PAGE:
How the Vegas conference fiasco could spell disaster for feds
The General Services Administration conference debacle comes at a time when feds' pay and benefits are under attack, and the last thing feds need is for the public to associate federal employees with wasteful bureaucrats.
This time of year means spring break for a lot of people. A lot of kids are out of school, including those big kids in Congress.
As a result, the news out of Washington usually slows down considerably. Federal employees, whose pay and benefits have been under assault in Congress for close to two years, ordinarily would have heaved a sigh of relief during a recess. Or at least stopped holding their breath. But maybe not this time.
This time the news out of Washington actually purred right on, thanks to a story that seems custom-tailored to fill the news vacuum created by the congressional recess — enough for several news cycles, anyway.
That story, of course, is the General Services Administration conference debacle.
The problem for federal employees is that it’s one more news story that characterizes feds (a handful of them, at least) as bad actors, and it comes at a time when feds (the 2 million-plus others) see their pay and benefits under attack. The last thing feds need in this legislative environment is for the public to associate federal employees with wasteful bureaucrats.
The conference story broke in the wake of the release of an April 2 “management deficiency report” from GSA’s inspector general. That report contains details of a lavish 2010 Western Regions Conference held by GSA’s Public Buildings Service at the M Resort Spa Casino outside Las Vegas. The conference, held for about 300 attendees, cost $822,751, according to the IG’s tally.
Here’s one item from the IG report:
“GSA spending on conference planning was excessive, wasteful, and in some cases impermissible. To select a venue and plan the conference, GSA employees conducted two ‘scouting trips,’ five off-site planning meetings, and a ‘dry run.’ Six of these planning events took place at the M Resort (the conference venue) itself. Travel expenses for conference planning totaled $100,405.37, and catering costs totaled over $30,000. GSA spent money on refreshment breaks during the planning meetings, which it had no authority to do, and the cost of catered meals at those meetings exceeded per diem limits.”
You get the picture.
Among other things, the IG found that GSA failed to follow contracting regulations in many of the procurements associated with the conference, incurred excessive and impermissible costs for food, and spent money on questionable things like mementos, clothing and tuxedo rentals.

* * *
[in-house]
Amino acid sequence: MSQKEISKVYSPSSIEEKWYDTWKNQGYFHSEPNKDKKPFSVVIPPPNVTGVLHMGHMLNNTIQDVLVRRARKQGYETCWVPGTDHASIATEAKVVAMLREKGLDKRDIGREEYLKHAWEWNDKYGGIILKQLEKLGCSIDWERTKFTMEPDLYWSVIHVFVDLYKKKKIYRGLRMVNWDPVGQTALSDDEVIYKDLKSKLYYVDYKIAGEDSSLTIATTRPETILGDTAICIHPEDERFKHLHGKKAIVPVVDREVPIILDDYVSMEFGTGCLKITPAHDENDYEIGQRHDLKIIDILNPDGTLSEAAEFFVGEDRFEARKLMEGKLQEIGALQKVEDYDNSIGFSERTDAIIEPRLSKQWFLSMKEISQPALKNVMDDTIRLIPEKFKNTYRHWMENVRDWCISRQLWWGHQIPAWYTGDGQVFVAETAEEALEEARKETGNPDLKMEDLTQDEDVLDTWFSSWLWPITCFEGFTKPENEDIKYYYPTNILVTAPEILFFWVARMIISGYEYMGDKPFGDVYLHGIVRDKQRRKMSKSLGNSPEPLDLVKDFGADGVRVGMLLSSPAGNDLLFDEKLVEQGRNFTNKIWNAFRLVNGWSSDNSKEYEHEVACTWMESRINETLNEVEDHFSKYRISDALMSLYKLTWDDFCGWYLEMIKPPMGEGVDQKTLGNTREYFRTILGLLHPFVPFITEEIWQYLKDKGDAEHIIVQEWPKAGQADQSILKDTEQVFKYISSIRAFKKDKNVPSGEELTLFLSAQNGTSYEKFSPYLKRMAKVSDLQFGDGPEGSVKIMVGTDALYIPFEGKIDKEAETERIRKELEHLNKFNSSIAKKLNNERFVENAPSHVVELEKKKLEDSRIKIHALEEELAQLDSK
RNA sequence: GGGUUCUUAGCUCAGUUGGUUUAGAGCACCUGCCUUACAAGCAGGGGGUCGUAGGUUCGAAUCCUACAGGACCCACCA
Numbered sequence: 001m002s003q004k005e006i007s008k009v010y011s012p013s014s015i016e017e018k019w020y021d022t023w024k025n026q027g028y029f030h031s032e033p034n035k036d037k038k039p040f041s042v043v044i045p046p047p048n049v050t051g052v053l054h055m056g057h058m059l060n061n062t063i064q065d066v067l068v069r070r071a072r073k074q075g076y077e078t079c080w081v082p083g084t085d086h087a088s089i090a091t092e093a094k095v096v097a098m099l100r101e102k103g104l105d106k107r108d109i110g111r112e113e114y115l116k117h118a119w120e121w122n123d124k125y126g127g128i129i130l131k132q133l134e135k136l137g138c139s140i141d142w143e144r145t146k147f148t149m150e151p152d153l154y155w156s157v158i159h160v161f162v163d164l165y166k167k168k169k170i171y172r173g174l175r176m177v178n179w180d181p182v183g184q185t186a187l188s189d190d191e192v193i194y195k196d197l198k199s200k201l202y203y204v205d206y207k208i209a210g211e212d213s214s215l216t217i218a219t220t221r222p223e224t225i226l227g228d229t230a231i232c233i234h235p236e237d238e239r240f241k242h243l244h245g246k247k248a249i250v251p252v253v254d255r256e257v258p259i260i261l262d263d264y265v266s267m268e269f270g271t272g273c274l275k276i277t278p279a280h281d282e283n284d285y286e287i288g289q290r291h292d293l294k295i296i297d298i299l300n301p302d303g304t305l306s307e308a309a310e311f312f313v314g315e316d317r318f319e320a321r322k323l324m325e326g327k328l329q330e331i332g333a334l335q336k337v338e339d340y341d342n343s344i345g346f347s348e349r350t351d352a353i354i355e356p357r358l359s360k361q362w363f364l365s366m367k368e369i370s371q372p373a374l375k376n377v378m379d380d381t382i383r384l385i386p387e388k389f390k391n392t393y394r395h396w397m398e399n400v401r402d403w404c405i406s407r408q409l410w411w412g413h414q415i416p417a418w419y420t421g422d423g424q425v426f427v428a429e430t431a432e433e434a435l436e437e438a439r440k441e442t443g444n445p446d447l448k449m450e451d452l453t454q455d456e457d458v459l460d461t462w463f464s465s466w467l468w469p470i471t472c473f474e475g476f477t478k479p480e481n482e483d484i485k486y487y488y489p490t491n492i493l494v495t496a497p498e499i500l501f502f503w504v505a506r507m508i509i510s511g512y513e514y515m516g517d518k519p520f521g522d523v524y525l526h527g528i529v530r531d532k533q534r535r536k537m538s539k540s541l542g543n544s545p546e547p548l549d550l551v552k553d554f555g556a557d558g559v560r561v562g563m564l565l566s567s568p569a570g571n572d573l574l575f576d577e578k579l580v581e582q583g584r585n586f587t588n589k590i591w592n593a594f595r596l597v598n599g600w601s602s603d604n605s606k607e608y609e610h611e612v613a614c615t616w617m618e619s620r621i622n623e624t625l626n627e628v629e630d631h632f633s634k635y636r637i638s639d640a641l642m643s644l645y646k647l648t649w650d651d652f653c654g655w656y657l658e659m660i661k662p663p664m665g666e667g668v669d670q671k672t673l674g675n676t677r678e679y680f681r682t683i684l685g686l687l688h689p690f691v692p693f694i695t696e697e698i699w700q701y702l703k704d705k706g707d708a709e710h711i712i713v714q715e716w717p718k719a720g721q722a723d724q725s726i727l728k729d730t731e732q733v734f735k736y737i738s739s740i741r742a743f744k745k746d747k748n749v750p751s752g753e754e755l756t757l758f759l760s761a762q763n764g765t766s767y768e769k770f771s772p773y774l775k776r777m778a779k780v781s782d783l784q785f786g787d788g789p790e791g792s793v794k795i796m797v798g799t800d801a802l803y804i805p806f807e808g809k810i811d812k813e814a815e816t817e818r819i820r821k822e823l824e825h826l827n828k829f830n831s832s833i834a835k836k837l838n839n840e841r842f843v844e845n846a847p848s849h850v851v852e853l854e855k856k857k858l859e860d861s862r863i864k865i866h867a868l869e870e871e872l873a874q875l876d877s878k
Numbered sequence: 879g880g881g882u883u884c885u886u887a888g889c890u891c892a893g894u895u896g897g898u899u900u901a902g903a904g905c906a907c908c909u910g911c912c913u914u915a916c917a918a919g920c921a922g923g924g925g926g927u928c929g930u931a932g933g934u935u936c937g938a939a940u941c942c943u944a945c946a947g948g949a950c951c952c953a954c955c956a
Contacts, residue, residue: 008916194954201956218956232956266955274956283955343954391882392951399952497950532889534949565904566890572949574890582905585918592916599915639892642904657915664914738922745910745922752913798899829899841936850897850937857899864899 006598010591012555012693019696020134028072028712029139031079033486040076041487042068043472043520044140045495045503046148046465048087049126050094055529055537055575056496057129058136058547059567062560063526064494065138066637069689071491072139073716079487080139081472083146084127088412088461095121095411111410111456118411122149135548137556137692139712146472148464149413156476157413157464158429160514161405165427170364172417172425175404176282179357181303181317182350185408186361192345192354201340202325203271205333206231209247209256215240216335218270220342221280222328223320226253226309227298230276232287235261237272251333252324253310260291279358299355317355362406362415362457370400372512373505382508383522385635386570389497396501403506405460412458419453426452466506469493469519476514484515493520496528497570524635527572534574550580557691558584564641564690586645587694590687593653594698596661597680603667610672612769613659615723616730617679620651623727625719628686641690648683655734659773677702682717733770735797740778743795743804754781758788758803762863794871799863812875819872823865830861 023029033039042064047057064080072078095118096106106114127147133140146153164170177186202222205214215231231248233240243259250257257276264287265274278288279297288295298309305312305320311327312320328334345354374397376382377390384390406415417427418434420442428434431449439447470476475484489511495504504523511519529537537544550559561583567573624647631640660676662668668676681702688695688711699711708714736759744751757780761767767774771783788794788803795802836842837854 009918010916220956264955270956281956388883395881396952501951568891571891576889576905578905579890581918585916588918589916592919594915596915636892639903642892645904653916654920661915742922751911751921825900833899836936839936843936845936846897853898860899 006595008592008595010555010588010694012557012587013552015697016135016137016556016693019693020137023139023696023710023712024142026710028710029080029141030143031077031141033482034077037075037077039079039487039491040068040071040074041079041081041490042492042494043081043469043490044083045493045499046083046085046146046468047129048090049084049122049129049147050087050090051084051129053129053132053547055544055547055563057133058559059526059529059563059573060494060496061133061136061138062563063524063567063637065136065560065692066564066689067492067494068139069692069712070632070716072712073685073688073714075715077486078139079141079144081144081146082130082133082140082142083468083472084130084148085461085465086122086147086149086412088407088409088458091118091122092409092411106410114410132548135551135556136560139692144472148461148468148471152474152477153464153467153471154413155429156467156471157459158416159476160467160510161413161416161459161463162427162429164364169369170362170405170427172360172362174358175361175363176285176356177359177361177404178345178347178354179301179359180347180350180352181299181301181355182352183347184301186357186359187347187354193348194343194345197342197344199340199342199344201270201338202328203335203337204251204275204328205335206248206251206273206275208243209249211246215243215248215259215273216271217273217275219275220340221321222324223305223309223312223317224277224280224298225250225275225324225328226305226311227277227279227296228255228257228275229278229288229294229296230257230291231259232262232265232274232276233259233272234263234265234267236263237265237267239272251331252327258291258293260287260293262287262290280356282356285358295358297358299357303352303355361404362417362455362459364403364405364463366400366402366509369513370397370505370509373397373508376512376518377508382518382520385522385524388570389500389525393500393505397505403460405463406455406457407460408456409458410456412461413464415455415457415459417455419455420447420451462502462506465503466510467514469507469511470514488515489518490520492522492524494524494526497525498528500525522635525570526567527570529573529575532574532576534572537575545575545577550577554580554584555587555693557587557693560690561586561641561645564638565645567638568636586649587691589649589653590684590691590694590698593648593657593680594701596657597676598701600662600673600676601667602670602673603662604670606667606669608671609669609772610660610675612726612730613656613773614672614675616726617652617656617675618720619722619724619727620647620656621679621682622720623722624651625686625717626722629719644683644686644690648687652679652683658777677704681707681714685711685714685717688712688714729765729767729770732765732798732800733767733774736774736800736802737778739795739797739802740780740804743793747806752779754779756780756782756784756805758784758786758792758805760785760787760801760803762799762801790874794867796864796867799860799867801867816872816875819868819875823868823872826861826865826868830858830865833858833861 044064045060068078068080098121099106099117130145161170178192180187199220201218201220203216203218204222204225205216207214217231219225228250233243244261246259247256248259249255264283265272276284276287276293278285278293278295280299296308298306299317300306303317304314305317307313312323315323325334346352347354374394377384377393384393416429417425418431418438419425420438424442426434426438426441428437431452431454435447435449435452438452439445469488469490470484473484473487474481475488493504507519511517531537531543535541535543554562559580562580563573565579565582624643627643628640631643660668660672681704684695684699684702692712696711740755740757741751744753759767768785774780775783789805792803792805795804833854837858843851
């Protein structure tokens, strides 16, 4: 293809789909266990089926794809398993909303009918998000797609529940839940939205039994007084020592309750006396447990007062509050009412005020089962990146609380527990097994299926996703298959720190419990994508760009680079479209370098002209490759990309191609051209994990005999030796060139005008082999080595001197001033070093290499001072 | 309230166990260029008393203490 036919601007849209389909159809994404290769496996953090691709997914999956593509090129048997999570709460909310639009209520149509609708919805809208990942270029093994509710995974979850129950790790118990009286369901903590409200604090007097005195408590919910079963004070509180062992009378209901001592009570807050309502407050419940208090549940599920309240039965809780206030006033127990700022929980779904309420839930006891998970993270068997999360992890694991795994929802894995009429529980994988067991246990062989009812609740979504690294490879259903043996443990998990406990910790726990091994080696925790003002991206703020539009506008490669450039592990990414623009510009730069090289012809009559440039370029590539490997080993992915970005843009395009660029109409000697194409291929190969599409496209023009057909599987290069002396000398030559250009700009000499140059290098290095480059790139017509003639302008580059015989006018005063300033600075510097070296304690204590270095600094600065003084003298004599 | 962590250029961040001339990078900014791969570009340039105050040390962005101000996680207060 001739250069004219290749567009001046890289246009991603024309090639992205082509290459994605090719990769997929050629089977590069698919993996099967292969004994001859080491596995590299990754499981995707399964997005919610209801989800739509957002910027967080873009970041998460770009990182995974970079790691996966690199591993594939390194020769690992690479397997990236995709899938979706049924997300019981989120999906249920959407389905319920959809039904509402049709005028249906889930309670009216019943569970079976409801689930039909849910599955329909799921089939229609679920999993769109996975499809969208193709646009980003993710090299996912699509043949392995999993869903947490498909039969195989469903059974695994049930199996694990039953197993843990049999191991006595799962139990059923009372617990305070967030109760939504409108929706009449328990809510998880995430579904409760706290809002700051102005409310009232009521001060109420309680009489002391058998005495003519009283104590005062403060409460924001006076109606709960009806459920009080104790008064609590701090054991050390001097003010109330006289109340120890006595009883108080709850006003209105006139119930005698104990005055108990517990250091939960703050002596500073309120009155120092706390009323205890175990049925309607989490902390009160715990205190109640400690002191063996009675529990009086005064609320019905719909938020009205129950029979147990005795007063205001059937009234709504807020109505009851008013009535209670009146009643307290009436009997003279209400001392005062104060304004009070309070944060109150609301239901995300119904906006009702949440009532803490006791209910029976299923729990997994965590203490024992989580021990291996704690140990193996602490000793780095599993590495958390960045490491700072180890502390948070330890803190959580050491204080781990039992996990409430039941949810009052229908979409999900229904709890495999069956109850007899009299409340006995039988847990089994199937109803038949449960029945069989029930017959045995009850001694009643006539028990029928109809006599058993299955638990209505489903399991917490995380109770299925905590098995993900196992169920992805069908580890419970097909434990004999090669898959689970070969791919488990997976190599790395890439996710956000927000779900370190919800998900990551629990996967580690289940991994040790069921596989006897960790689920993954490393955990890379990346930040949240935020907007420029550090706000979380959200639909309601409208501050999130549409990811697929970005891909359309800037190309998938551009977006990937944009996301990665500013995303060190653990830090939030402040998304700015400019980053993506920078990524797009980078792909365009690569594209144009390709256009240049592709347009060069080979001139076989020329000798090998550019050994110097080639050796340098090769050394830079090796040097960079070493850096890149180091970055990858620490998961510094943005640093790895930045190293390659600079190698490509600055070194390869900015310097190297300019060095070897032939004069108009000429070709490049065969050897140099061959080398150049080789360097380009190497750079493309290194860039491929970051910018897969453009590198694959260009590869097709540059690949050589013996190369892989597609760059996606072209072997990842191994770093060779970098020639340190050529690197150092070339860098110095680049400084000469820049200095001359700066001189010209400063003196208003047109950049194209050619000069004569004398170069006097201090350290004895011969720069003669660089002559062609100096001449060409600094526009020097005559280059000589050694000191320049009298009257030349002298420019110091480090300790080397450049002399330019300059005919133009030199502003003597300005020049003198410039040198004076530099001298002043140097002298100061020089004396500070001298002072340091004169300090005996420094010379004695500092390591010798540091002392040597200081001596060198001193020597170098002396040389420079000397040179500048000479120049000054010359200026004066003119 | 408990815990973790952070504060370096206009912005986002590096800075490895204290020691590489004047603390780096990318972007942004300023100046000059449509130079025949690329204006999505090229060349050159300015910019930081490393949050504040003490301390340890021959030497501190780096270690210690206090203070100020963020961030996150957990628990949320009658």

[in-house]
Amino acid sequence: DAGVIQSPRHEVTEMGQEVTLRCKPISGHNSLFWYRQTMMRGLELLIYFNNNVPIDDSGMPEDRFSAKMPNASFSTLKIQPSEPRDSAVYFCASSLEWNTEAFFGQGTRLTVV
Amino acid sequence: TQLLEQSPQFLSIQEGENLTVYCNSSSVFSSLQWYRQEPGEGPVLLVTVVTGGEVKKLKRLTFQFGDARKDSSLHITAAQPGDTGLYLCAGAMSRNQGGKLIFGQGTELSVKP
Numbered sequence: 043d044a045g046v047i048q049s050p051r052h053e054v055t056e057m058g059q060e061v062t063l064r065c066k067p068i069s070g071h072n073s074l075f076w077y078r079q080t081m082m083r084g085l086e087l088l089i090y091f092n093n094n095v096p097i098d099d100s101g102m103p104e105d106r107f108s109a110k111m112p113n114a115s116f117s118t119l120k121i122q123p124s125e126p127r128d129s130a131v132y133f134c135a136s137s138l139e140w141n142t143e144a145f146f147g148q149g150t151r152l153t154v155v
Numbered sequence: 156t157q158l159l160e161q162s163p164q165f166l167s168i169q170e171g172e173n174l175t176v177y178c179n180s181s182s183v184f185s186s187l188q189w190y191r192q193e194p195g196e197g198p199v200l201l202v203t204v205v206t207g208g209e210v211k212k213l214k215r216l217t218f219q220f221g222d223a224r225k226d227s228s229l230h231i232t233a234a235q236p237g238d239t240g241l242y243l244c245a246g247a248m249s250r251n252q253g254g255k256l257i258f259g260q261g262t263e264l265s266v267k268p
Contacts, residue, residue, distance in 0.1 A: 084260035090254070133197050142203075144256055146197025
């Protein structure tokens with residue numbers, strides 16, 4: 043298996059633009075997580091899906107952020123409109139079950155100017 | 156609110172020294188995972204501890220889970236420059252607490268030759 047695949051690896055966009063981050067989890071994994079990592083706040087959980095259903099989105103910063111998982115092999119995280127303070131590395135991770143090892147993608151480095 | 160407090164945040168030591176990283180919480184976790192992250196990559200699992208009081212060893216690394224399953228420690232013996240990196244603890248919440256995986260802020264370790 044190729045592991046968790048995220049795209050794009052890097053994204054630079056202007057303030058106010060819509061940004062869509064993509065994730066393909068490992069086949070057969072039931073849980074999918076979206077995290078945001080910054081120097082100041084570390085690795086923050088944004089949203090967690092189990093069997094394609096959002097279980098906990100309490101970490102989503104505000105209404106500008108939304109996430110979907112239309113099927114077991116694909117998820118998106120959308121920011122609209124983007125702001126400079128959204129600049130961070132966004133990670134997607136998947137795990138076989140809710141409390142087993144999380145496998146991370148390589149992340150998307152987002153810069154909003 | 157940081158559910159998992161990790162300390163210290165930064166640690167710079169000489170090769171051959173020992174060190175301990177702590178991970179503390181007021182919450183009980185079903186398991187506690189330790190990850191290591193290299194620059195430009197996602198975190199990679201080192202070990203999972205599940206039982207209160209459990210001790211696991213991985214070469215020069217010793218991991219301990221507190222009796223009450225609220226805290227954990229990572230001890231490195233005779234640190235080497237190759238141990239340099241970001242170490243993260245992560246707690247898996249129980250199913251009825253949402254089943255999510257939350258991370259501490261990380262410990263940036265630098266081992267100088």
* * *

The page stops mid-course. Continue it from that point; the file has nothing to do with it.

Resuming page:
In something of an understatement, the IG concluded: “GSA’s approach to the conference indicates that minimizing expenses was not a goal.”
GSA, as the report noted, agreed with the findings, and said it would impose controls. The expenses were clearly out of line. But try doing damage control on a story like this — especially during an economic recovery. It can’t be done.
In the past few days, Americans across the country have learned — in broadcast and print — about GSA’s over-the-top expenses, the resignation of GSA Administrator Martha Johnson, and the firing of Public Buildings Service Commissioner Robert Peck. They learned that Johnson’s successor also decided to cancel several similar upcoming conferences. Oops.
And while he might be on break, Rep. John Mica (R-Fla.), apparently not wholly satisfied with the IG's effort to get to the bottom of things, announced he would launch his own investigation into what he has dubbed the GSA junket.
The day after Mica’s announcement, Rep. Jeff Denham (R-Calif.) joined him to ask GSA to provide information on another matter as well — an awards program that the two lawmakers said used “$200,000 worth of taxpayer funds for iPods, electronics, [and] gift cards” to reward GSA employees “for dubious reasons.”
Mica told reporters that the 2010 Las Vegas conference “is just the tip of the iceberg.”
“GSA’s habitual mismanagement of taxpayer-owned assets is what makes spending hundreds of thousands of dollars on a conference for bureaucrats so appalling,” he said.
Bureaucrats. There’s that common theme: Taxpayers are getting nailed to pay for bureaucrats.
In a week or so, Congress will reconvene to hammer out — hopefully not with a $435 hammer — pending bills that are destined to set the course for your pay and benefits.
Just hope, in this election year, that the GSA junket hasn’t gotten some of those lawmakers into more of a lather than they were when they left.
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